He hails most recently from Tufts Medical Center in Boston, but Wasif Saif, MD, will tell you that he’s right where he wants to be — conducting cancer research, caring for patients and educating the next generation of clinicians at the Northwell Health Cancer Institute.
Amid his busy life as the Cancer Institute’s deputy physician-in-chief and director of medical oncology, Dr. Saif speaks thoughtfully and compassionately, as if a good deal of forethought has gone into each and every breath he takes. That considerate demeanor and the link he sees between the spiritual and the medical defines the physician-patient relationship for Dr. Saif.
“Many years ago, someone asked me what I do — and I told him I don’t treat cancer. He sort of looked at me until I said: ‘I treat people who have cancer.’”
It’s an important nuance. “The Cancer Institute provides supportive care from day one. The patient and their overall quality of life remains at the center.”
All resources need to be coordinated and brought to bear against this tough disease, he said. “Cancer keeps physicians, researchers and patients on their toes,” said Dr. Saif. “But where we are now from where we were 20 years ago is night and day. We can do so much more.”
A lot has changed over the past two decades — with cancer, and with Dr. Saif himself. “Patients change me,” he said, adding that the physician-patient connection is “hard to put into words.”
“My patients and I have a very beautiful relationship. They are the reason I am sitting in this chair today.… Where I am is because of my patients."
While the unique physician-patient relationship motivates Dr. Saif, what excites him is assembling a large group of physicians under one umbrella in his new role at the Northwell Health Cancer Institute.
“We can make sure we provide patients with the same interdisciplinary approach for every tumor type at every facility,” Dr. Saif said. “Every patient is discussed and evaluated by specialists in different modalities, because we have different treatment options now. Treatment is personalized — it is defined more on the molecular or genetic level and based on the patient’s condition or comorbid conditions.”
He stressed the multiple benefits in this approach for people with cancer. “It means more convenience — the patient does not have to come in multiple times for all different modalities. Historically, the patient would go see medical oncology, then be told to see radiation oncology or see the surgeon — that’s three trips! If somebody with cancer is sitting around waiting to hear about what can be done for them, you’re taking time away from the patient’s life. That is unacceptable to me.”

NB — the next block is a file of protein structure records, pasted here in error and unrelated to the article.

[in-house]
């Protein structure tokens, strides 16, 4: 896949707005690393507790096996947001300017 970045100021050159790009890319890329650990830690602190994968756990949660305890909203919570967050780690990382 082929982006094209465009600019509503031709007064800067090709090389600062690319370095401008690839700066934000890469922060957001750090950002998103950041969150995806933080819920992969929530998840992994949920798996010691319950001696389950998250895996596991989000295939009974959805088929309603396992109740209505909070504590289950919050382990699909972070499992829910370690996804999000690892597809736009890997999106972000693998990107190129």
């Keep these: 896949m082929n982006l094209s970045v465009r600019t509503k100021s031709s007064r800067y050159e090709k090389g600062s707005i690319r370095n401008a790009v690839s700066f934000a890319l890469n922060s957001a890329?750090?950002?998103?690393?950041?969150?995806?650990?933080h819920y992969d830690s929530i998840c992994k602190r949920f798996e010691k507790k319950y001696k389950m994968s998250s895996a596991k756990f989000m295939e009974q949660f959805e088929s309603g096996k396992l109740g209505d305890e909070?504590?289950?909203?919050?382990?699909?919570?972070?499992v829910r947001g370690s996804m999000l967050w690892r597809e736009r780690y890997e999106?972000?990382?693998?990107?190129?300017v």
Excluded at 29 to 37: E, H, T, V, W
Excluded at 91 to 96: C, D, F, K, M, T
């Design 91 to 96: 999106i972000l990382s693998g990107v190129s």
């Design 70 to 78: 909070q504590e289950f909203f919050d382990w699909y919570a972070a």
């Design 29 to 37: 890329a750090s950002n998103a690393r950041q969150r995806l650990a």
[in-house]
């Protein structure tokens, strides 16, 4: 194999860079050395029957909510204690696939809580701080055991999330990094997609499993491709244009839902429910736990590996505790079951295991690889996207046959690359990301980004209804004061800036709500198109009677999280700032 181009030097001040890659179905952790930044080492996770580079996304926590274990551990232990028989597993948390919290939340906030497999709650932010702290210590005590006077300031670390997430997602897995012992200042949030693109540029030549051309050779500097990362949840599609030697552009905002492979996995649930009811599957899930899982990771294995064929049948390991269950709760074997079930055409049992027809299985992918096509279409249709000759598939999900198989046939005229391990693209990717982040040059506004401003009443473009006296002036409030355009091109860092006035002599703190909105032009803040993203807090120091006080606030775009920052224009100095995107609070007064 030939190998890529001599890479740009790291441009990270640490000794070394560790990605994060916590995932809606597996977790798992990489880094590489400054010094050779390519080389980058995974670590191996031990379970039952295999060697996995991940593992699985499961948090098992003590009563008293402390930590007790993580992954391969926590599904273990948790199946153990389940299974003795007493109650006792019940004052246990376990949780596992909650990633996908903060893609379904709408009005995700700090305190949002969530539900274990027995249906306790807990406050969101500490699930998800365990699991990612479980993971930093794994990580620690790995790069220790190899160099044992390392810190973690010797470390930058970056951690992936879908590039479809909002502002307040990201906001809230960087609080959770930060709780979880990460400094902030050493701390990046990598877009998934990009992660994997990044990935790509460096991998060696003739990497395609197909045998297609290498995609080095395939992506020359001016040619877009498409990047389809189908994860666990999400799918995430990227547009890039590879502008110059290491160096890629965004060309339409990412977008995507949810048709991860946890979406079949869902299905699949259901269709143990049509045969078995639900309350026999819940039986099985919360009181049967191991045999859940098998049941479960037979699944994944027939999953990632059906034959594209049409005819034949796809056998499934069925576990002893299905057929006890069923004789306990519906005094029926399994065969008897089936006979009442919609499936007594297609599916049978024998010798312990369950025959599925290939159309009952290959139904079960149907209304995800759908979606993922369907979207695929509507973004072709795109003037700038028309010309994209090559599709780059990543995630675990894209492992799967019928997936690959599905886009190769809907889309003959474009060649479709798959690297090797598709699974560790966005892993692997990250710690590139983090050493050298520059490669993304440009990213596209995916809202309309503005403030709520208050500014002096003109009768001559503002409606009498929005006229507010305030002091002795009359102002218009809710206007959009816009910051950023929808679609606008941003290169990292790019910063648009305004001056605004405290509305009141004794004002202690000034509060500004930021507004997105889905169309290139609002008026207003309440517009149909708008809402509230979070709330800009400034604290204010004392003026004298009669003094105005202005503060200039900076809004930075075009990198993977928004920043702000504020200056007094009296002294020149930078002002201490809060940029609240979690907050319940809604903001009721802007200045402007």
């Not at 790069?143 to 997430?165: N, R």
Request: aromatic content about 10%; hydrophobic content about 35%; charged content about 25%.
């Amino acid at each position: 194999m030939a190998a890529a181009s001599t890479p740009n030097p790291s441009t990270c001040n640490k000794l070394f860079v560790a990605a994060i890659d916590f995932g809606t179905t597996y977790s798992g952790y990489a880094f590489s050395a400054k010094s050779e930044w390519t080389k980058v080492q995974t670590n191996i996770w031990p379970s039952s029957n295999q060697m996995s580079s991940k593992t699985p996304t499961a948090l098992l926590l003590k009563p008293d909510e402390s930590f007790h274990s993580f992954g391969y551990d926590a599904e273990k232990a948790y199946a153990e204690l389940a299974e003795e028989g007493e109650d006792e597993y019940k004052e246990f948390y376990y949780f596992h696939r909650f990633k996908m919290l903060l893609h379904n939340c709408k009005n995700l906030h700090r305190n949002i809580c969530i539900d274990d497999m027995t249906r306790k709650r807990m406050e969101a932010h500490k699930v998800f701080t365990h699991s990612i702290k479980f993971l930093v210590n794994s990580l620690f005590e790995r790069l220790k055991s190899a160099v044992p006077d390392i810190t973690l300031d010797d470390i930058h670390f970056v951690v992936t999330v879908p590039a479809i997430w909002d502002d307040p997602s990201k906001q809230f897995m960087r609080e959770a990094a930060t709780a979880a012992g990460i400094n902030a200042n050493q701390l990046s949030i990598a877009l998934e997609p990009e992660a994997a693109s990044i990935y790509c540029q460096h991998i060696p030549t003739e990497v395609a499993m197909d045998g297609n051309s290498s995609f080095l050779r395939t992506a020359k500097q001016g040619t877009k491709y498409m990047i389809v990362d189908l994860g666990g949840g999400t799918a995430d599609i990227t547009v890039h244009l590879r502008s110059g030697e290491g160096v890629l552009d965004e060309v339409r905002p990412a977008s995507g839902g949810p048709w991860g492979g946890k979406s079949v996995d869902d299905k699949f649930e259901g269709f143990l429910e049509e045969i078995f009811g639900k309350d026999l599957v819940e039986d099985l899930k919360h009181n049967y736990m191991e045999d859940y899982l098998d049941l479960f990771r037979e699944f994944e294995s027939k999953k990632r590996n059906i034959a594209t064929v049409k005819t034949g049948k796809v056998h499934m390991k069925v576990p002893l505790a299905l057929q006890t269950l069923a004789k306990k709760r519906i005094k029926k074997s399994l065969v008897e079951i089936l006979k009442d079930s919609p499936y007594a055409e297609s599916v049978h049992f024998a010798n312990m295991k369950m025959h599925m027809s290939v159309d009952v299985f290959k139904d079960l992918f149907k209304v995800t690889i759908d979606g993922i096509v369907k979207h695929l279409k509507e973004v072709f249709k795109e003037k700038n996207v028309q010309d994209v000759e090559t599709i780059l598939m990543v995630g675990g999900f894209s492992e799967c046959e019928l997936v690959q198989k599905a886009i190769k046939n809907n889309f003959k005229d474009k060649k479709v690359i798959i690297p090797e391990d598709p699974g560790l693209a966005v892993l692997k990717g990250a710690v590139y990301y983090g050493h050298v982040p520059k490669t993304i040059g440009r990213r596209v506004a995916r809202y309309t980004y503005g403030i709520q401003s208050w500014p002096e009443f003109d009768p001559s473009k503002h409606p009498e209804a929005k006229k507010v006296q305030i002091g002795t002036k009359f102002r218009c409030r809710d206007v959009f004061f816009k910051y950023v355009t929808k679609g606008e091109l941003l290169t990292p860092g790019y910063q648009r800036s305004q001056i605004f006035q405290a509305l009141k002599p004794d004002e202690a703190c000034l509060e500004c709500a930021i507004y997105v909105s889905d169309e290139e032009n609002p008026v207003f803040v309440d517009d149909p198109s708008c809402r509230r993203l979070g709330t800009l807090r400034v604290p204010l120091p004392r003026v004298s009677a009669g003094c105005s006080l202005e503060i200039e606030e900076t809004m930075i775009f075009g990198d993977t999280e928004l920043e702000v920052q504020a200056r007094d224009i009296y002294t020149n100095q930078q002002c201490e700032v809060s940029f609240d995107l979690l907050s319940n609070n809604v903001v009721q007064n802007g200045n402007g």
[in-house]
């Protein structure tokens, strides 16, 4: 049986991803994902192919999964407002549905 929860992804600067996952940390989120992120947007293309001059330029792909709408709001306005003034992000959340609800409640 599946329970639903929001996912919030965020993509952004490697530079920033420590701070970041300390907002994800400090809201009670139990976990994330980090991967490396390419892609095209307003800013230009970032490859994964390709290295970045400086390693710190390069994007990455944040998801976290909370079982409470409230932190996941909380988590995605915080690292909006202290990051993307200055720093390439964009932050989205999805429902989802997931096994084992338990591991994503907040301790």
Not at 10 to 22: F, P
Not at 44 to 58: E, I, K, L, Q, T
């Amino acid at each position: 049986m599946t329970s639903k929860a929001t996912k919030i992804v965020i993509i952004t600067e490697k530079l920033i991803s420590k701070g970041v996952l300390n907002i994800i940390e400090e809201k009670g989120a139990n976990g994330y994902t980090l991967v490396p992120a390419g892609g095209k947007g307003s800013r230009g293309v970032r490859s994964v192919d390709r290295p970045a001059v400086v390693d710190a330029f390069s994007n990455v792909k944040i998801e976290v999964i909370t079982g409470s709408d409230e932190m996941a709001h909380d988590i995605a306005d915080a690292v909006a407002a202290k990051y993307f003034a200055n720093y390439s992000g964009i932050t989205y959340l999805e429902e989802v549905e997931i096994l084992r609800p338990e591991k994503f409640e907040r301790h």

Treatment modalities can be combined more seamlessly. “We can give you a better outcome and we are now able to give everyone the same level of care. Whether you come to the hospital, a satellite facility or I see you through a video system or a telephone call,” Dr. Saif explained. “We can give people the same level of care, the same level of excellence but closer to their homes.” Furthermore, a clinical trial that is available at one location is available at other Cancer Institute sites.
Cancer treatment has been revolutionized — and the evolution continues, he said. “We are on an evolutionary pathway. Technology has provided advancements that enable us to tailor treatment. And we can identify certain genetic mutations that allow us to tailor what type of chemo will work, what won’t and what will have fewer side effects. Northwell’s Cancer Institute is able to do many extraordinary things, and patients are now living longer,” he said.
As it often does for Dr. Saif, advancements in care and bringing them together to benefit patients lead back to the spiritual/medical connection that has been his core foundation.
“I believe in doing the right thing,” Dr. Saif says. “Extending and expanding what you’ve learned and what you know is essential. If you learn something and don’t pass it on to others then you have lost an opportunity to make a difference. But if you learn a new science, a new drug or develop a new test and reach or teach others, then your legacy will live on because you are like one of those trees that has long roots and allows other branches to grow. You extend, share and give to other people.” It is a philosophy and approach that has served Dr. Saif and his patients well, and he is excited to bring it to the Northwell Health Cancer Institute.